Mindless snacking is a way of life for many of us, myself included. A cookie here, a candy bar there or a burger and fries several times a week, can all wreak havoc with our caloric intake and special dietary needs. Packing on the pounds has never been easier than in this fast food generation.
We are especially aware of carbohydrate and sugar consumption at our house because my husband was a border-line diabetic for 30 years. Unfortunately, he is no longer border-line and must seriously toe the line with his diet. Fortunately, he is not overweight and he eats somewhat sensibly. Unfortunately, he has an active sweet tooth. Trying to keep that under control and still satisfy his craving for carbs and sweet stuff is a real challenge.
Between his diabetes and my weight watching, I seldom make dessert for the two of us. Instead, I often succumb to temptation and bring home a half-gallon of ‘light’ ice cream from the grocery store. In fact, I sat down to write this column with a small serving of (light!) butter pecan ice cream in one hand and a spoon in the other. Yep. It had been a stressful day.
If you have diabetes, you know that it’s a battle to keep your blood sugar in balance. Although there are many helpful resources out there, you’re the one who is ultimately responsible for what goes in your mouth. The key to successful healthy meals for all of us is moderation. So, if you’re very careful, you can even eat dessert in moderation. If you’re not careful, well, disaster lurks around the corner.
Desserts and meals heavy with carbohydrates are the common culprits to blame for raising one’s blood sugar. Too much of almost anything except celery and carrot sticks can make it spike. At our house we have found that controlling our carbohydrate intake through portion control is the hardest thing that we do.
So this month I’m making a concentrated effort to scale back on portions (especially at dinner) and trying to prepare some favorite old recipes with less calories. I’m challenging myself to find lighter but still tasty ways of preparing our favorite dishes.
The other night I was hungry for an old-fashioned beef pot pie. One of my cookbooks has a recipe that substantially reduces the fat and carbohydrate count of the original. The crust is prepared with only 3-4 tablespoons of margarine and is quite edible. The pie is a wonderful way to use leftover roast beef (although the recipe calls for stew meat) and any variety of vegetables that you have on hand.
I also found a great recipe for Apple Crisp that can be used not only with apples but also peaches or pears. Just change the spices to cinnamon and nutmeg. So if you’re facing new dietary challenges, don’t lose heart. Just get creative and check out healthy new ways of preparing your family’s old favorites. Enjoy!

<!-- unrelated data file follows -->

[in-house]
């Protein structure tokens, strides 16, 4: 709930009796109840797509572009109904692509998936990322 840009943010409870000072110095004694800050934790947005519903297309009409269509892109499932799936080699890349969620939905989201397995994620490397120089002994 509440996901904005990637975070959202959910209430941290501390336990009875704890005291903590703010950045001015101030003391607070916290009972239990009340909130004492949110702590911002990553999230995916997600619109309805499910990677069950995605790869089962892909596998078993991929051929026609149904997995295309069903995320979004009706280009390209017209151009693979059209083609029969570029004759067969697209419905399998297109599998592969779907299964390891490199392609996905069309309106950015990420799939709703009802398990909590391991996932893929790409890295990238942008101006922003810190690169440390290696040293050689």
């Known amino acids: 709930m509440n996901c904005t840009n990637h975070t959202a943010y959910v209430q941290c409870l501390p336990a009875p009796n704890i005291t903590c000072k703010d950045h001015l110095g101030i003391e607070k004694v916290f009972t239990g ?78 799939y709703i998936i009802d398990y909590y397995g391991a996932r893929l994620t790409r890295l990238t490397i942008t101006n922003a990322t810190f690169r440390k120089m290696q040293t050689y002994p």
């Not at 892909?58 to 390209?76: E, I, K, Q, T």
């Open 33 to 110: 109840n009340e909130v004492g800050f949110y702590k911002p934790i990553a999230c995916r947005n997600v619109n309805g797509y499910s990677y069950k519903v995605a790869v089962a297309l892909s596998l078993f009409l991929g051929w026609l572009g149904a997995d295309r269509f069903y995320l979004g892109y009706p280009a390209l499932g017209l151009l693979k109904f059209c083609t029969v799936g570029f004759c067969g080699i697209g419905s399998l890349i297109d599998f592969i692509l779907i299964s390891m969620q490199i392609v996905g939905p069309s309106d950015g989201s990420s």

Nonstick spray coating
1 pound lean boneless beef for stew, trimmed of fat and cut into 1/2-inch pieces
1 teaspoon cooking oil
1 cup chopped onion
1 cup chopped celery
1 cup sliced carrots
1 cup turnip, peeled and cubed*
1-1/2 cups tomato juice
3/4 teaspoon dried thyme or basil, crushed
1/4 teaspoon salt
1 tablespoon flour
2 cups green beans
Pastry (recipe follows)
1 teaspoon skim milk
Spray a large skillet with nonstick coating. Preheat over medium-high heat. Brown half the meat in skillet. Remove. Add oil. Brown remaining meat. Return all meat to skillet.
Stir in onion, celery, carrots, potato, tomato juice, thyme, salt and pepper, and 1/4 cup water. Cover and simmer one hour or until meat is tender.
Combine flour and 2 tablespoons water. Stir into skillet mixture. Cook and stir until thickened and bubbly. Stir in green beans. Spray a 1-1/2 quart casserole with non-stick coating and spoon meat mixture into dish. Cover with Pastry, flute edges. Brush with skim milk. Cut vents for steam.
Bake at 400° F. 30 minutes or until pastry is lightly browned and meat and vegetables are tender. Serves 6. Calories: 283 per serving.
*Note: I substituted one finely diced potato for the turnips and added a handful of frozen petit peas.
3/4 cup flour
1/2 teaspoon baking powder
3-4 tablespoons margarine
3 tablespoons cold water
Combine flour and baking powder. Cut in margarine until mixture resembles coarse crumbs. Sprinkle with cold water, one tablespoon at a time, stirring with a fork until mixture holds together. Form into a ball. On a floured surface, roll dough into a circle one-inch larger than the top of the casserole. Flute the edges and cut fancy steam vents.
5 cups cooking apples, peeled and sliced
2 tablespoons sugar or equivalent sugar substitute
1 teaspoon lemon juice
1/2 teaspoon apple pie spice
1/2 cup regular rolled oats
1/4 cup sugar or equivalent sugar substitute
3 tablespoons flour
1/4 teaspoon apple pie spice
3 tablespoons butter
Frozen light whipped dessert topping, thawed
Preheat oven to 375° F.
Filling: In a large bowl combine apples, sugar substitute, lemon juice and apple pie spice. Transfer apple mixture to a 2-quart square baking dish.
Topping: In medium bowl, combine oats, sugar substitute, flour and apple pie spice. Cut in butter until mixture resembles coarse crumbs. Sprinkle topping over filling.
Bake 30-35 min. or until apples are tender and topping is golden brown. Serve warm. If desired, top with whipped topping. Makes 8 (1/-cup) servings. Calories: 142 per serving.